Japanese maps on display in SieboldHuis
Japan museum SieboldHuis has a new showcase in its panorama room, in which maps from the Siebold-collection of Leiden University Libraries are exhibited.
The map collection was brought together by Philipp Franz von Siebold (1796-1866) during his stay in Japan. Seven special maps from this collection are now on view in the new showcase. Every year, a new selection of maps will be exhibited. The first selection can be visited from 17 February in SieboldHuis.
In this first selection, a manuscript map of Sachalin and one of the sheets of a hand-drawn map of Hokkaido are on view. These maps were among the crucial documents that led to Siebold's exile. Town plans of Edo (present-day Tokyo) and Nagasaki (with the Dutch trade island Dejima) are also on display. One of the top pieces is (a part of) an almost twelve-metre long leporello of the Tokaido, the eastern trade route from Edo to Kyoto, embellished with gold leaf.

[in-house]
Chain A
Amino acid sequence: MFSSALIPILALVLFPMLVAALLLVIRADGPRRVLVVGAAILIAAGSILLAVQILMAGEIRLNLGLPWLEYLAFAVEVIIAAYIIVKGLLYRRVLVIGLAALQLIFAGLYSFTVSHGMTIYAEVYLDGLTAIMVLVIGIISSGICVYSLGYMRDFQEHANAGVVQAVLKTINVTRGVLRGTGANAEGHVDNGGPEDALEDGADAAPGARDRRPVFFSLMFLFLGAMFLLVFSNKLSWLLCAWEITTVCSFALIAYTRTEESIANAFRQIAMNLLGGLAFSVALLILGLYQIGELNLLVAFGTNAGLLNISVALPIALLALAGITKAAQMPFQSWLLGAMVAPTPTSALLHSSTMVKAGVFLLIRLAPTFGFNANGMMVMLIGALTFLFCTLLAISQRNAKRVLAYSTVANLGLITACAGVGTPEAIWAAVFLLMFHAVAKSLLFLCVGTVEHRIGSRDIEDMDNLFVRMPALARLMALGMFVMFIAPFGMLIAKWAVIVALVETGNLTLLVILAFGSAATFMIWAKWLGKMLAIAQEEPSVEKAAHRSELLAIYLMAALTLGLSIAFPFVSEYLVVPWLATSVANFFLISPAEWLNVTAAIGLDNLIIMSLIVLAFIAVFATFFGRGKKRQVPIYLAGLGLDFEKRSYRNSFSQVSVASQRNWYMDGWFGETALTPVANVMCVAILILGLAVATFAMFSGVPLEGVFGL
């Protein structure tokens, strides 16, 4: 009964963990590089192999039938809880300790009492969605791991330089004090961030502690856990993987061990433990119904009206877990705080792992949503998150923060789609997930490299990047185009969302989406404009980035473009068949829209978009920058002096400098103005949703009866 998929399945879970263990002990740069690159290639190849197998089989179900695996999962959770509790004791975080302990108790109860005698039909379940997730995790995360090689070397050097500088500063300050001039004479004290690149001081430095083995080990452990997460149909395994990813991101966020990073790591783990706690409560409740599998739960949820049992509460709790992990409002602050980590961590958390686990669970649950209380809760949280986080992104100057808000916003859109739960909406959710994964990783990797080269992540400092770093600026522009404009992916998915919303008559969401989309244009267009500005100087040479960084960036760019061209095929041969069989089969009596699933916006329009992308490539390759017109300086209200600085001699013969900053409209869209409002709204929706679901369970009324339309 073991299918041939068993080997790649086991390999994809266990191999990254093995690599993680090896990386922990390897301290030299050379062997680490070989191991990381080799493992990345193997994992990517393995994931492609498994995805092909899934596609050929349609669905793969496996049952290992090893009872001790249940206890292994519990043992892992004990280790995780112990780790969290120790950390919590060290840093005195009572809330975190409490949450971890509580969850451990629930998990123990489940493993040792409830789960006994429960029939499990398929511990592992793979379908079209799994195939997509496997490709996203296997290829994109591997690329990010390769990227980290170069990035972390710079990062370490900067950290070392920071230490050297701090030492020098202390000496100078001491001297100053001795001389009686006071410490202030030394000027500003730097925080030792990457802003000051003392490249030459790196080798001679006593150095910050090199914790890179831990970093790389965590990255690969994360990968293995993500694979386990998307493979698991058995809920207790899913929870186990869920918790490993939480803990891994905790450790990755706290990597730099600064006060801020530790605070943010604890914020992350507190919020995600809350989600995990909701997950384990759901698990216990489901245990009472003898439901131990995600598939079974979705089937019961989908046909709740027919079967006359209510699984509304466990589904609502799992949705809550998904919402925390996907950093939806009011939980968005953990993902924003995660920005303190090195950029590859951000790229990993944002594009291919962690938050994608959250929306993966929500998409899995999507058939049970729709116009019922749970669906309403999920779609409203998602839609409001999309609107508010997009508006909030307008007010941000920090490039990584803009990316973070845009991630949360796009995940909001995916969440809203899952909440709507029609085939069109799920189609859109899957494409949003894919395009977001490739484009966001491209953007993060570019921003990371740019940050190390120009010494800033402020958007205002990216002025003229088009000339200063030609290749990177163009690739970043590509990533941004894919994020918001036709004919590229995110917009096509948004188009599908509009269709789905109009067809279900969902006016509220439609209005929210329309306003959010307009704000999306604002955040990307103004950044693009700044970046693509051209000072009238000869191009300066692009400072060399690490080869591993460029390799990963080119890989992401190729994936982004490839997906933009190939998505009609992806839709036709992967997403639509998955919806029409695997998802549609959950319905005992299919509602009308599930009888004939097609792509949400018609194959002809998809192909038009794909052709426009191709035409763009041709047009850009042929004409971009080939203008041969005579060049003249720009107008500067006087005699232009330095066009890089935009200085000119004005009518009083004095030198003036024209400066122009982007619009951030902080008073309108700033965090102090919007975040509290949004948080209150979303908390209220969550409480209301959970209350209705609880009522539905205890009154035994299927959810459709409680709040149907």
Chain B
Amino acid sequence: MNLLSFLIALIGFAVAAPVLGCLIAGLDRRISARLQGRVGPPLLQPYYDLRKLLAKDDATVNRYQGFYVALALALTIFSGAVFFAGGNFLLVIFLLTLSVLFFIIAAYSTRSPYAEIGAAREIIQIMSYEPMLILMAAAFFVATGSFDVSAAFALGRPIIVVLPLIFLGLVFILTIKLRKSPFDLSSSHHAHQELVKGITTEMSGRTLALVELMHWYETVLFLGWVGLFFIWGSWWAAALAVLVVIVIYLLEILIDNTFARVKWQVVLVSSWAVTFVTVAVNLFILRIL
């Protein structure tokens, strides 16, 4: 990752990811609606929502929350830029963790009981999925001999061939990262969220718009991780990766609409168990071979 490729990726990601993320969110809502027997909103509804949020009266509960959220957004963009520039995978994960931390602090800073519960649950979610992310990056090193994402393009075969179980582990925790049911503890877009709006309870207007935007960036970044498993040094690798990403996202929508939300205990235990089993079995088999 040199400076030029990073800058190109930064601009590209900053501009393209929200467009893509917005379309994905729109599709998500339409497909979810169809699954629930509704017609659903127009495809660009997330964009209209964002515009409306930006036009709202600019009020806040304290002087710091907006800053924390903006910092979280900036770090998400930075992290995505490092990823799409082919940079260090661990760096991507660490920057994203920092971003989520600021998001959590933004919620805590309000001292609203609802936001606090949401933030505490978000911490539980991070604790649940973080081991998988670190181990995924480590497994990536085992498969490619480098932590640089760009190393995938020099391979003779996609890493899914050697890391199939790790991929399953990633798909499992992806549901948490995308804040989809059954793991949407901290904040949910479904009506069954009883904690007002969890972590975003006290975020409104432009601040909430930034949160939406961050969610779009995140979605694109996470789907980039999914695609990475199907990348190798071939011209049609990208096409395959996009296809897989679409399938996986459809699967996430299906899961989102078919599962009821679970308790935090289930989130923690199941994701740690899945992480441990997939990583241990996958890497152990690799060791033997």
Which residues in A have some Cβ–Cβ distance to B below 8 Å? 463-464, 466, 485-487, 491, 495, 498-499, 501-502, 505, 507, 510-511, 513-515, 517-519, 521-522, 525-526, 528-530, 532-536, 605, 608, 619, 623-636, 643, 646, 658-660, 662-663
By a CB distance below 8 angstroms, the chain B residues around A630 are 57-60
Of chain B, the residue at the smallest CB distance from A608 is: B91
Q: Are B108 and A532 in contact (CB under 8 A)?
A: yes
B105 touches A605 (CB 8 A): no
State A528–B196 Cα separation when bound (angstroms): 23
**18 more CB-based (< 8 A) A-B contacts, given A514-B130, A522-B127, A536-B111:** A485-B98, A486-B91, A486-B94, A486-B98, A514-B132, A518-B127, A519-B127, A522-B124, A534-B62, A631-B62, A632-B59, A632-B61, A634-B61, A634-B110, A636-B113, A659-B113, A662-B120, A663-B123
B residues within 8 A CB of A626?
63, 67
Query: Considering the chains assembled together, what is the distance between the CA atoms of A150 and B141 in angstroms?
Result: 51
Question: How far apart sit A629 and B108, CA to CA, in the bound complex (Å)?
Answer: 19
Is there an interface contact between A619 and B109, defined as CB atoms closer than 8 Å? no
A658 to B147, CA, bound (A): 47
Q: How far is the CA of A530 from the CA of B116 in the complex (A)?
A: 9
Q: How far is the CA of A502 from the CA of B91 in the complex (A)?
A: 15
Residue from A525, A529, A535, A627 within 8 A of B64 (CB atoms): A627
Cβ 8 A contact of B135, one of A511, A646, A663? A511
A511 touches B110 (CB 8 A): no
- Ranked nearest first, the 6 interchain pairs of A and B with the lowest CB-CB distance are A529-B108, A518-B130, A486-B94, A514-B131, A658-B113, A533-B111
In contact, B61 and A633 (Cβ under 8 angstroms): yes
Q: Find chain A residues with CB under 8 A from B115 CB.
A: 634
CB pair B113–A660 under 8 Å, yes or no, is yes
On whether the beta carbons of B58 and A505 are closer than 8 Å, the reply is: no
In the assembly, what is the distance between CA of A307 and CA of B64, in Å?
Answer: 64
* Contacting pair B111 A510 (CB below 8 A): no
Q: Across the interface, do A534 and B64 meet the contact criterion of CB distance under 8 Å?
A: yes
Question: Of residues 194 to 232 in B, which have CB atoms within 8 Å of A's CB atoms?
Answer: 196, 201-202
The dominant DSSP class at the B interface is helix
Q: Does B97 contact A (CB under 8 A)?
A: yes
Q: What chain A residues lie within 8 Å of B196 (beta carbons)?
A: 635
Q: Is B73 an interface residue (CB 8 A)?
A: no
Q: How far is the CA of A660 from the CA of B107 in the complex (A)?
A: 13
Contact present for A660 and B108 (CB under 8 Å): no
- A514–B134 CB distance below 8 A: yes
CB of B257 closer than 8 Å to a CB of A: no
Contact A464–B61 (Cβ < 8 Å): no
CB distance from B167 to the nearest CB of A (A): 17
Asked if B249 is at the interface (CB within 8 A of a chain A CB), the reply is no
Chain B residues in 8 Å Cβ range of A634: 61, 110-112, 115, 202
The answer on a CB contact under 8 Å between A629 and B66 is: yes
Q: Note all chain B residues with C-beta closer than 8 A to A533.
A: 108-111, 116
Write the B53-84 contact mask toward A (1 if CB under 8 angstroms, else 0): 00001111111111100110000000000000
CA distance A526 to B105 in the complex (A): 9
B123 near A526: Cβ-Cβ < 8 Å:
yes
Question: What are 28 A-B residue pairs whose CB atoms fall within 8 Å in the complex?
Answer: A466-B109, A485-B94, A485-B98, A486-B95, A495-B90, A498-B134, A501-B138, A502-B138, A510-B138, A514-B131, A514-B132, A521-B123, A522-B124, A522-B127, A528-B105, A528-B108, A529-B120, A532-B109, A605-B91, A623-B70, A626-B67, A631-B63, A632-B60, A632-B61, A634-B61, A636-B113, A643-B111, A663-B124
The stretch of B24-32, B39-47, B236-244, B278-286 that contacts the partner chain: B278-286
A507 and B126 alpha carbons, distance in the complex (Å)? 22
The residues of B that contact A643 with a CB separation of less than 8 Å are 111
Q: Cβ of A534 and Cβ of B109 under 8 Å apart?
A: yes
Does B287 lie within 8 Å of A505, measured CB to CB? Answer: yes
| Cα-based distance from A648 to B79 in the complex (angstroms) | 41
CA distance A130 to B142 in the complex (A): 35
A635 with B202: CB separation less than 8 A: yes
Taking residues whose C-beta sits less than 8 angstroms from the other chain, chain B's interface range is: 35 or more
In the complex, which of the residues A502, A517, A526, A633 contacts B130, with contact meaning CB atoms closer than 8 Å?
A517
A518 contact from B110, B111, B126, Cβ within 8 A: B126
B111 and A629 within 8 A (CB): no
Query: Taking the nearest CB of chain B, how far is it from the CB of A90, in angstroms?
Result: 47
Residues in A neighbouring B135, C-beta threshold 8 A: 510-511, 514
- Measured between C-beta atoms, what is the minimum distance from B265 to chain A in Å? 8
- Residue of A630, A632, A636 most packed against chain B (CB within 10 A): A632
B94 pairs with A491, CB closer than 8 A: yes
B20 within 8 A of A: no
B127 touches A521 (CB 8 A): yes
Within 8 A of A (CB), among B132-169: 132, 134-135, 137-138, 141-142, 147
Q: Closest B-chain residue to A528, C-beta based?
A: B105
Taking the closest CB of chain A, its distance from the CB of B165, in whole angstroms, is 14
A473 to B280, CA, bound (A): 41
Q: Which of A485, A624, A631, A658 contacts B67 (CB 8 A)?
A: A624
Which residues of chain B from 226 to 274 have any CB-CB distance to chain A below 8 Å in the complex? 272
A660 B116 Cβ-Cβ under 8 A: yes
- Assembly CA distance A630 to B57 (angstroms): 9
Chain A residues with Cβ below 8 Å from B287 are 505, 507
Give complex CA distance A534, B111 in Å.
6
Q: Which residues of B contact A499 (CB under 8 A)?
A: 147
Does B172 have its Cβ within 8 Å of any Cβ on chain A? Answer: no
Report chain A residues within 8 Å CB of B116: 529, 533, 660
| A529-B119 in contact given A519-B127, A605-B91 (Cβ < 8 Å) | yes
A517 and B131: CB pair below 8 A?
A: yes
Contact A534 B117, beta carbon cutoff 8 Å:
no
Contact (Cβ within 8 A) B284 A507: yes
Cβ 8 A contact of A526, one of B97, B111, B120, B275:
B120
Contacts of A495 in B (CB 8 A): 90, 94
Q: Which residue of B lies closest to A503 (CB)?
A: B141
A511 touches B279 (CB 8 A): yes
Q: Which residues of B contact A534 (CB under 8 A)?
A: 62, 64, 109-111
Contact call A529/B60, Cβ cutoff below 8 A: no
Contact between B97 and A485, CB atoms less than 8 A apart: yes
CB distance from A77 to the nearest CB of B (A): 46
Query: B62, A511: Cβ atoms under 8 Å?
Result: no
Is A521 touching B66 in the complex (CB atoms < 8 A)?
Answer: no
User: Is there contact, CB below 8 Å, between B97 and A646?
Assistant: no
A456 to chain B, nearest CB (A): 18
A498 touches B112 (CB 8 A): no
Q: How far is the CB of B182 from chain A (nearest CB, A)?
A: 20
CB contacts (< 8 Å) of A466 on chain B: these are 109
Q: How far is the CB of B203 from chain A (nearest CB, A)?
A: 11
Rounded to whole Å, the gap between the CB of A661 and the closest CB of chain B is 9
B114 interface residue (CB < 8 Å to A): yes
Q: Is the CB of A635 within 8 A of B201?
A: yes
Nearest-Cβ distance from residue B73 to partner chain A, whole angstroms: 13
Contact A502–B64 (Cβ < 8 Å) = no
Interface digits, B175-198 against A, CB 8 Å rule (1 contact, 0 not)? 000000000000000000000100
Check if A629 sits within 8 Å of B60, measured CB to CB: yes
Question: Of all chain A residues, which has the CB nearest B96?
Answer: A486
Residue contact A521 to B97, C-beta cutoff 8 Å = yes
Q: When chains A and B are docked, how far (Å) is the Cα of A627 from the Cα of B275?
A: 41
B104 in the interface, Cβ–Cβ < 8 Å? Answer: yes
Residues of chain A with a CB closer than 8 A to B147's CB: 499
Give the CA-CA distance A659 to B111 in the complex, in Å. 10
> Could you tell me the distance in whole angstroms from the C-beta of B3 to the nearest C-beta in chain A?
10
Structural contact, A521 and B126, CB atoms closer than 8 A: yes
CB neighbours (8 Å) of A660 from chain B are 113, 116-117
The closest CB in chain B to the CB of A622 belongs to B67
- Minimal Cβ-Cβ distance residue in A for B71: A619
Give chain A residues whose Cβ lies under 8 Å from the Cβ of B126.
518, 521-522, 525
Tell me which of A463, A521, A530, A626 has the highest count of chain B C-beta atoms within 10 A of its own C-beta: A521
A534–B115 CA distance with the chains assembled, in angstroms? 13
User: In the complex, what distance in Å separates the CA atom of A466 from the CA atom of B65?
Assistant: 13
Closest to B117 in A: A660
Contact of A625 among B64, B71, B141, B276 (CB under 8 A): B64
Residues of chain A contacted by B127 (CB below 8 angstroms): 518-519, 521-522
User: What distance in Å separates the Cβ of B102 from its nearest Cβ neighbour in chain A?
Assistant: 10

Through contacts with various Japanese geographers and his own surveying projects, Siebold gathered a lot of cartographic material, including 'sensitive' geographical information on the disputed islands of Hokkaido and Sachalin. In 1829, the Japanese authorities discovered the maps that Siebold had collected, after which he was accused of being a spy for the Russian state. This led to a house arrest and finally in October 1829 to his exile from Japan.